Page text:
At 9 a.m. the line in front of the Irish Consulate finally starts to move. Bleary-eyed and drowsy, dozens of youth perk up after a night spent sleeping on surrounding streets.
Oddly enough, the camped-out crowd is not trying to get into a concert or a sports playoff game. Rather, they were waiting for a ticket out of Venezuela.
For weeks now, hundreds have been lining up outside the Irish Consulate — in some instances for days — in an attempt to process papers to study abroad.
“It’s a way to move forward,” said Alexi Correa, 24, a maritime engineering student who had spent 12 hours waiting for the doors to open. “It’s a way to ‘trampoline’ yourself abroad.”
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Despite being mired in an economic crisis of its own, Ireland doesn’t require Venezuelans to obtain a visa and allows them to work while studying. The policy is serving as a potential lifeline for those who are trying to escape soaring crime and an economy in tatters. And it’s not just Ireland: Officials are reporting a flood of applications to other countries as well.
“If you look at how we are living, you realize you can make it anywhere,” said Daniela Patterson, 22, a university student waiting in line. For Patterson, the task of trying to make ends meet in Venezuela has simply become “impossible.”
The South American nation is simultaneously grappling with one of the world’s highest inflation rates and one of the highest murder rates. Last year, prices rose 56 percent, and the country recorded nearly 25,000 murders.
Increasingly pessimistic about their country’s future, many here have had enough.
A website that helps Latinos emigrate, called mequieroir.com (“I want to leave”), reported record traffic over the past month. The website’s founder, Esther Bermudéz, 43, a Venezuelan now living in Montreal, says the number of daily page views has more than doubled, at times reaching 200,000 per day. Users are primarily Venezuelan.
Bermudéz says that over the past 13 years the site has seen its share of surges in traffic — often after elections with whose outcome voters are dissatisfied. But she said this traffic is the highest the site has ever seen.
“There is a true, visceral desire to leave the country,” she said.
Bermudéz points out that unlike past spikes in the site’s popularity — where page views tended to ebb when the political waters calmed in Venezuela — the flow has remained constant since mid-January.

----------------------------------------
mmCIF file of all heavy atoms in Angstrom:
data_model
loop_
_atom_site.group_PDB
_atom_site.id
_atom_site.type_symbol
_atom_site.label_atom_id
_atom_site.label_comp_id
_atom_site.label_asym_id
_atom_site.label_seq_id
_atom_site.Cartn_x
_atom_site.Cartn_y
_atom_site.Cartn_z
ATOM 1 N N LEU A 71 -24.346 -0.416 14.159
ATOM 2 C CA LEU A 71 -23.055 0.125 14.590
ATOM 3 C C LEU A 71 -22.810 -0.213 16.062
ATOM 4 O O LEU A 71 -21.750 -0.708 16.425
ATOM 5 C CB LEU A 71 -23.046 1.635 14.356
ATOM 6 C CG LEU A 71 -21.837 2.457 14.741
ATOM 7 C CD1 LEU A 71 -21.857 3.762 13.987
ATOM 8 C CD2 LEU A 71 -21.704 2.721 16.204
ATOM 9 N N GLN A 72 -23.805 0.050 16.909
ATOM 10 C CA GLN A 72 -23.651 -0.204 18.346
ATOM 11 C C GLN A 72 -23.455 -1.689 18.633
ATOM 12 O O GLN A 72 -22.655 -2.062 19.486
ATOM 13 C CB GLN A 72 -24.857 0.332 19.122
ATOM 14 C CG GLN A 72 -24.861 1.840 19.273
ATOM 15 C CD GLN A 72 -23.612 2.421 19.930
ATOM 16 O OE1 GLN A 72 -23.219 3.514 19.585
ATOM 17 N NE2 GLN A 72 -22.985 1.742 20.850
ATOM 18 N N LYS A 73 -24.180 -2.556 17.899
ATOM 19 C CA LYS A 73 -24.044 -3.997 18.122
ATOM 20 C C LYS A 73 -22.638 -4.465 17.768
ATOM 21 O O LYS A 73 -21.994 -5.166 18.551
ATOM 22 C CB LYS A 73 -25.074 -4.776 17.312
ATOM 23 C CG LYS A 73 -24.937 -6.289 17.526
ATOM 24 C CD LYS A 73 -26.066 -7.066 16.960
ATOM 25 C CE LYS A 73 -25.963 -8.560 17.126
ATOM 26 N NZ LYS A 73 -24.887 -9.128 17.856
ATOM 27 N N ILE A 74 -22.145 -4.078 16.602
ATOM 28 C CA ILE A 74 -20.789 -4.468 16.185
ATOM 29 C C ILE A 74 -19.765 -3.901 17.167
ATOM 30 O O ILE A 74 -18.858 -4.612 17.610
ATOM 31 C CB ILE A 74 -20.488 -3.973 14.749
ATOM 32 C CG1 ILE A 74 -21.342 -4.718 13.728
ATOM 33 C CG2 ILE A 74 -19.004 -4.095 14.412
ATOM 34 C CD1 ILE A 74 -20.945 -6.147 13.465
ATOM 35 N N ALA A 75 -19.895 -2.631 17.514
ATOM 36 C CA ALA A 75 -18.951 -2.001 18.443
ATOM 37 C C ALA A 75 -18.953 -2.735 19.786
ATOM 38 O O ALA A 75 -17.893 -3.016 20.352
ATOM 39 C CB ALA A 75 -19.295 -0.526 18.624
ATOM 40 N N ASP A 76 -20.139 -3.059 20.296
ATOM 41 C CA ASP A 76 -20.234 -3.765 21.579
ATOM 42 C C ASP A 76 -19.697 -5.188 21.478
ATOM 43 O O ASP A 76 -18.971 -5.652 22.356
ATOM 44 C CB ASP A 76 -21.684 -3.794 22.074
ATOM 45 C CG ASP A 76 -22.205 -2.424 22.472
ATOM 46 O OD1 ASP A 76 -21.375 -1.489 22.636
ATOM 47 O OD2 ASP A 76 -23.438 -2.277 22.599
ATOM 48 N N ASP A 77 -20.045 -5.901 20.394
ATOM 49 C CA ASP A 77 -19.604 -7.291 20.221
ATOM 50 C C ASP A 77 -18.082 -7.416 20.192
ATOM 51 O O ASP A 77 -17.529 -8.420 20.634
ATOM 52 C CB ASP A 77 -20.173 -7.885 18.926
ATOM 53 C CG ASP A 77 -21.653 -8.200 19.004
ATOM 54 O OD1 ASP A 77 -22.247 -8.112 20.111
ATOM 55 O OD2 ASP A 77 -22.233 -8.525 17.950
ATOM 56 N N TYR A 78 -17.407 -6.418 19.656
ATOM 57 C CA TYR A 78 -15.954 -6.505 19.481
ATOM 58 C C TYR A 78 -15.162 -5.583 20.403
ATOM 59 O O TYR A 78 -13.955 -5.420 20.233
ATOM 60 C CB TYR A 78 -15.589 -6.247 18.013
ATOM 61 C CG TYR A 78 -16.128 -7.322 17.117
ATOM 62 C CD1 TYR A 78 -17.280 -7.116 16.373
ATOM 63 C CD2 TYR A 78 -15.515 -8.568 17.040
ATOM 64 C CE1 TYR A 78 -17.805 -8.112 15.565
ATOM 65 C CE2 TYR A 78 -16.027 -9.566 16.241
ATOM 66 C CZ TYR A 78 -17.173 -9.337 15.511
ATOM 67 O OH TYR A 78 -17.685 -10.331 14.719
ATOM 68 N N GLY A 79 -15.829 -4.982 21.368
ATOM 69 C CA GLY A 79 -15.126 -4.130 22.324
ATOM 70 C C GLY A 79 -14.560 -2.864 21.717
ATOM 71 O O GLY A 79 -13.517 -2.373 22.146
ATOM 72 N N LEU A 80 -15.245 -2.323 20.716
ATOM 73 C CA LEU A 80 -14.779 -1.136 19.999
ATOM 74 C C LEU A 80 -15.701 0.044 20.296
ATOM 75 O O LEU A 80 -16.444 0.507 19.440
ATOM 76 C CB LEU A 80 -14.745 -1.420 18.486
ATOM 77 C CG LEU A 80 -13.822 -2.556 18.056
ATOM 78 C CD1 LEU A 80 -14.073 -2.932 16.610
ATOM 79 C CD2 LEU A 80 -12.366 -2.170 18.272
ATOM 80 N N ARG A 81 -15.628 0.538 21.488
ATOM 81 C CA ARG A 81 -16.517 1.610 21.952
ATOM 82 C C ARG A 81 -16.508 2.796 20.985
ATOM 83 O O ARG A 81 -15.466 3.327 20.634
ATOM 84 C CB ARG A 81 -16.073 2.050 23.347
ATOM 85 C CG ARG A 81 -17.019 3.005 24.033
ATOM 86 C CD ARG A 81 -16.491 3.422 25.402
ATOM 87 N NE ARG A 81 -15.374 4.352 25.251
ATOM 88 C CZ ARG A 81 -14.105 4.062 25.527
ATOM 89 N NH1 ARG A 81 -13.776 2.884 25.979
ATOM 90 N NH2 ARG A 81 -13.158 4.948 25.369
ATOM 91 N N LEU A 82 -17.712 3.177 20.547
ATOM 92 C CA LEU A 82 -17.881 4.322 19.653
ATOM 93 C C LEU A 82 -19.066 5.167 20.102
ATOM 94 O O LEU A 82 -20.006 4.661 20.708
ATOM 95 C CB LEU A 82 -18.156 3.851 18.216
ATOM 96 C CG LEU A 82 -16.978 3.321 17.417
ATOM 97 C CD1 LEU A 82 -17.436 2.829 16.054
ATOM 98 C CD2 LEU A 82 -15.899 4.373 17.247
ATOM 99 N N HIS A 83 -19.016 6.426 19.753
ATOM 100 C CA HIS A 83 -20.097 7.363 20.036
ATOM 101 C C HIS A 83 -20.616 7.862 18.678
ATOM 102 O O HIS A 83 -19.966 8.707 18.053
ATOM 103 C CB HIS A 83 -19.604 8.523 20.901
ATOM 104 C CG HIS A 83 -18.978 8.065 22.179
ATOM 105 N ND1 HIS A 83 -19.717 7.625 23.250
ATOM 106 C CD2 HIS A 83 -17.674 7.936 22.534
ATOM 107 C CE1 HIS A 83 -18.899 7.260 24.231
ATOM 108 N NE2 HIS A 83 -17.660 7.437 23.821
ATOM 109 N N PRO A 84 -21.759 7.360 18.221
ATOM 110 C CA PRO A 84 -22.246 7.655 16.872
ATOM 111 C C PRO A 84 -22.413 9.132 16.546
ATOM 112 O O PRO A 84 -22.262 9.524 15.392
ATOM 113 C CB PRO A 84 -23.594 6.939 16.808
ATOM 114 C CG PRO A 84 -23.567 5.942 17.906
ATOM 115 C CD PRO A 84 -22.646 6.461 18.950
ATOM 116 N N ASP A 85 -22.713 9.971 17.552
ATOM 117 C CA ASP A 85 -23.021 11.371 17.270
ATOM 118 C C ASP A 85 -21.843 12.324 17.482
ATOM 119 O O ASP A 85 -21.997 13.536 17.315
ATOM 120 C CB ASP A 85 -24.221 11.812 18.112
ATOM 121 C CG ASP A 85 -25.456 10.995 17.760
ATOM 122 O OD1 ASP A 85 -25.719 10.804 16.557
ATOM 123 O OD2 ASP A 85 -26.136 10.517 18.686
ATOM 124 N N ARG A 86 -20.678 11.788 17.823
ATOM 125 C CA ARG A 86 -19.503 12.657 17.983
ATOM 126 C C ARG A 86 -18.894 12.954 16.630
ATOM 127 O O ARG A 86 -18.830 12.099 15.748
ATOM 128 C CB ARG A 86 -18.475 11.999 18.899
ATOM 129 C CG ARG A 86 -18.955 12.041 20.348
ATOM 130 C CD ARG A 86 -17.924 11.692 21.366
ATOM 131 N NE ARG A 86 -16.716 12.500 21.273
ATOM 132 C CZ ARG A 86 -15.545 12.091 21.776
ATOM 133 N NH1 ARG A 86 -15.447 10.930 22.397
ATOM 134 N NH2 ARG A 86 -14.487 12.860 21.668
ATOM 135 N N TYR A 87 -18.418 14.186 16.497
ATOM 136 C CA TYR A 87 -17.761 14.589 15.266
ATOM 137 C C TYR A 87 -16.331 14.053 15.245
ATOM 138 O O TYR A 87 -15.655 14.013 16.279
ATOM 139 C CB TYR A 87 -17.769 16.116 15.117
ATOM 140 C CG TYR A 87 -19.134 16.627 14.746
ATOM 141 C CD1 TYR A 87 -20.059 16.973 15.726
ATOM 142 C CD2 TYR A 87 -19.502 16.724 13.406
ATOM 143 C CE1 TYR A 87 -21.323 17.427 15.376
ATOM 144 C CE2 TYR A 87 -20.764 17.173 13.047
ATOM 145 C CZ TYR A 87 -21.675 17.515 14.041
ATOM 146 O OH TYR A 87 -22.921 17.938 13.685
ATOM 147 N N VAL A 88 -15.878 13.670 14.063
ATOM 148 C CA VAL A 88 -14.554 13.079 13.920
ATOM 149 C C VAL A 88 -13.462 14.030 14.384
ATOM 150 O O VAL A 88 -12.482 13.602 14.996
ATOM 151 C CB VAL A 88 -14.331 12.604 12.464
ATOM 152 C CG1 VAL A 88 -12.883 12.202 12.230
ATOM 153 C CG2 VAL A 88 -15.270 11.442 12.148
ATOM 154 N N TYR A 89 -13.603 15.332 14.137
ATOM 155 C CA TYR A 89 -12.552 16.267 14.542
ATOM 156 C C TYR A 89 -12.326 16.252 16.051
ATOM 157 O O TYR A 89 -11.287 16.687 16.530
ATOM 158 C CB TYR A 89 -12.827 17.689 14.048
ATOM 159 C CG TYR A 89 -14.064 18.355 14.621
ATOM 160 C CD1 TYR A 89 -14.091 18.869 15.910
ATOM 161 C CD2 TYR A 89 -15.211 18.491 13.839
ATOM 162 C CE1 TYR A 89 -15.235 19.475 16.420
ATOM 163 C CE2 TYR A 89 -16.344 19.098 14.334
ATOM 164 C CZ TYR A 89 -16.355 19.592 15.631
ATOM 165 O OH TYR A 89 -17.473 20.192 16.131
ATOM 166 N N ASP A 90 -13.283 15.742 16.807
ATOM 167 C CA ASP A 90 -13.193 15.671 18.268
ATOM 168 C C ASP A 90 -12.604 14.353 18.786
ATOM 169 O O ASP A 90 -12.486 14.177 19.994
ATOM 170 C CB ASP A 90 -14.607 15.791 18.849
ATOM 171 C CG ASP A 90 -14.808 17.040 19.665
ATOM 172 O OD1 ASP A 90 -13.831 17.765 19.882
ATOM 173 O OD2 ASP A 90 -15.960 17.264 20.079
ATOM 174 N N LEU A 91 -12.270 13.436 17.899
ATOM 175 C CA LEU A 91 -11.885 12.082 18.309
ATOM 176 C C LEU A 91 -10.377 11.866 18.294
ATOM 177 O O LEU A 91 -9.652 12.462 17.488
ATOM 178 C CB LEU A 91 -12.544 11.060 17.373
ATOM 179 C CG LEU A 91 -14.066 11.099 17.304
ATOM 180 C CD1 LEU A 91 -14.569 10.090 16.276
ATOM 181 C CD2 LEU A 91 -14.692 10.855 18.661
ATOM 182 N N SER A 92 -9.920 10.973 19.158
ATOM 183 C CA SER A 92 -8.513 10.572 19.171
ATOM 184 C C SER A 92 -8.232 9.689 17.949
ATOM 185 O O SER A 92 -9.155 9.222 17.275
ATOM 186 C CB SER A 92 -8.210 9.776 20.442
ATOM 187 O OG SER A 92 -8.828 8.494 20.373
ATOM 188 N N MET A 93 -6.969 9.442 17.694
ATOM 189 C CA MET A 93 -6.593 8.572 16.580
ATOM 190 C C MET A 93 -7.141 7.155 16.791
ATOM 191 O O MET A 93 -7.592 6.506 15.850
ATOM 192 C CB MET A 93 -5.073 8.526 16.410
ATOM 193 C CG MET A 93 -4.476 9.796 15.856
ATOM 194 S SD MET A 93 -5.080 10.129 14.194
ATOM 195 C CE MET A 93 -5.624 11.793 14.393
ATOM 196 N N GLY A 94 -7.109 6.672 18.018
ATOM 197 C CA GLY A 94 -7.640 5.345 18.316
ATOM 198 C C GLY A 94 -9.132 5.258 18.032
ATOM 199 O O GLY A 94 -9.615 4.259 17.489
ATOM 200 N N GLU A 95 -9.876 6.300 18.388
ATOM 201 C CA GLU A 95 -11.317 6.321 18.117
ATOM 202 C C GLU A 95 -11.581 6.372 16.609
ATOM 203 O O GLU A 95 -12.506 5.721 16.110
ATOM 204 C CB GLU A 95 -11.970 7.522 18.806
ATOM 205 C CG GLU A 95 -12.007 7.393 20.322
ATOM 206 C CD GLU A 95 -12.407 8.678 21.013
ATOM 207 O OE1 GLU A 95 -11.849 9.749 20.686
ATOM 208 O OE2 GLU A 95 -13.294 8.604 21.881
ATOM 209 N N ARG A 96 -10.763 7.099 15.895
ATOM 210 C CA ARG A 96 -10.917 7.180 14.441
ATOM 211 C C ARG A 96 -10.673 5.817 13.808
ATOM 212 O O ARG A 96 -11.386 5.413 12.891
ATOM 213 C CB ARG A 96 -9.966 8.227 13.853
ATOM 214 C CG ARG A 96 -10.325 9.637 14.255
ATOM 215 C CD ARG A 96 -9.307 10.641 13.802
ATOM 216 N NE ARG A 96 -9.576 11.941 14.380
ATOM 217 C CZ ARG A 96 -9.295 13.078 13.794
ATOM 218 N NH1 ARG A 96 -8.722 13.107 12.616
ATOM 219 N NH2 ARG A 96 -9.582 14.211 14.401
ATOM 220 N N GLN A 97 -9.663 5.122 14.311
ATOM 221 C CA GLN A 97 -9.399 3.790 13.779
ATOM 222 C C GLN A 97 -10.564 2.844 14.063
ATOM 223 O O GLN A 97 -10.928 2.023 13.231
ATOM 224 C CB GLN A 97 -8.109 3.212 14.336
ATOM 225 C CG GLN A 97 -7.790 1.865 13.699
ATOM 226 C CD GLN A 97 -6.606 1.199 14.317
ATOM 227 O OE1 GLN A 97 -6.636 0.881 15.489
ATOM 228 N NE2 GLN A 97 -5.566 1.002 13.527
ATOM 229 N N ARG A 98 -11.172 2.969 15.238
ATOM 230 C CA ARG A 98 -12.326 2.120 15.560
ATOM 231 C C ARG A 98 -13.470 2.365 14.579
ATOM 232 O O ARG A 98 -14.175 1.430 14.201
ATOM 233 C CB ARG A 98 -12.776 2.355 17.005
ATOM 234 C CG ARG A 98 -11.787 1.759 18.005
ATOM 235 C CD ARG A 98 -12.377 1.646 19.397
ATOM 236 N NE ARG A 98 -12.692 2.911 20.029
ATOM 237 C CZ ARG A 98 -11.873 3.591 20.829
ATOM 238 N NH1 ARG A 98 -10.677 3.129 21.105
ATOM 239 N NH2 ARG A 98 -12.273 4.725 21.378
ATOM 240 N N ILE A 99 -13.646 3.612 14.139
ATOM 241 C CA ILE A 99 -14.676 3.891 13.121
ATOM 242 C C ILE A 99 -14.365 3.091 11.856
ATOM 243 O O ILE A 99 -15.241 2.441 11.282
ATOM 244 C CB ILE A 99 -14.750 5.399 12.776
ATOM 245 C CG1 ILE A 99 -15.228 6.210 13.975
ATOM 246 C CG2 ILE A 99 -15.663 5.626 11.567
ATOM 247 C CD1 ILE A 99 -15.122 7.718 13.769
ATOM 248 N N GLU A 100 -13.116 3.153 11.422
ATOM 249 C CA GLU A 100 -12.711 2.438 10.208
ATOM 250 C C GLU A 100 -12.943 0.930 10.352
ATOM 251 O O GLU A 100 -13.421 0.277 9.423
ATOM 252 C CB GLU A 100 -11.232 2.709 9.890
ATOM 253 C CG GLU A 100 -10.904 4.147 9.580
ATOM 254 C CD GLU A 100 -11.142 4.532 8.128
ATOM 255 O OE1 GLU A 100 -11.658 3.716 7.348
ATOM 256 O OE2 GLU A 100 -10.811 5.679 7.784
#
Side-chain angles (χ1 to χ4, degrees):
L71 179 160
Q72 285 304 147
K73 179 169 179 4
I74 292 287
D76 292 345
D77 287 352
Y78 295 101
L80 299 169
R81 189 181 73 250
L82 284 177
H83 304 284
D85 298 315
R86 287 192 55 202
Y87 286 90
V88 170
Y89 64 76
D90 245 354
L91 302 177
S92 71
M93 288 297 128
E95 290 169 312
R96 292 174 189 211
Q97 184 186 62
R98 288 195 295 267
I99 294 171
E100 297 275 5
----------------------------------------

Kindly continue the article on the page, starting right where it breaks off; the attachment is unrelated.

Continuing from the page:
“Leaving your country is not a decision you make overnight,” Bermudéz said. “I think we’re looking at a new wave of emigration.”
Dr. Anitza Freitez, 54, a professor of demography at the Universidad Católica Andrés Bello in Caracas, isn’t surprised by the recent eagerness to leave Venezuela, given the worsening state of affairs in the country.
This past month saw the highly publicized murder of Venezuelan beauty queen and actress Monica Spear, as well as a partial devaluation of Venezuela’s bolívar, which could potentially push prices even higher.
“There’s a level of public discontent that has been accumulating, that with just a spark it can provoke a massive response,” Freitez said.
While the government has not released migration statistics since 1996, a 2011 study titled “Emigration from Venezuela in the Last Decade” found that more than 530,000 Venezuelans have left the country since 2000. ( MeQuieroIr.com estimates the number to be as many as a million, counting those who have either temporary or illegal status.)
In both measures, emigrants have been predominantly young, university-educated, middle-class professionals who cite personal security and economic uncertainty as their primary reasons for moving abroad.
“The aspirations of a recently graduated high-schooler are very difficult to achieve in Venezuela,” Freitez said. “We’re speaking about basic goods: a car to get around, an apartment — those are two basic [items] that are not easily obtained by a professional in Venezuela.”
Salaries for a resident doctor are often just a bit above minimum wage, which is 3,200 bolivares a month, or $500 at the official exchange rate. A full-time professor makes about twice that amount. Such incomes make it a stretch to rent a room in Caracas, let alone save for a car.
Gripes like these were prevalent at a crowded emigration seminar last week in central Venezuela.
Scores of students and professionals packed into a shopping mall auditorium in Valencia where the law firm Rochon Genova showcased the benefits of living in Canada (and how they far outweighed the hassle of often-miserable weather). The firm was also offering its services to streamline the migration process.
“It just keeps getting harder and harder to get by; the money is never enough,” said Juan Carlos Simmons, 32, a telecommunications engineer. He, like many at the seminar, said it was the first time he felt the need to leave.
The seminar’s host, who asked that her name not be used, said she was taken aback by the sudden outpouring of interest.
“Last time, we didn’t even fill the auditorium,” but now just three months after her last presentation, attendees had more than doubled to nearly 200 and she found herself suddenly turning people away.
“I don’t know how I’m going to fit them all in,” she worried, as she was already receiving hundreds of emails daily to register for upcoming events in the Caracas and the coastal city of Puerto la Cruz.
Many young Venezuelans said leaving is a last resort. Simmons, for example, said he had held on to hope for a decade thinking things would change. Now, he’s less optimistic.
“It’s still possible things can get better,” he said. “But I’m tired of waiting.”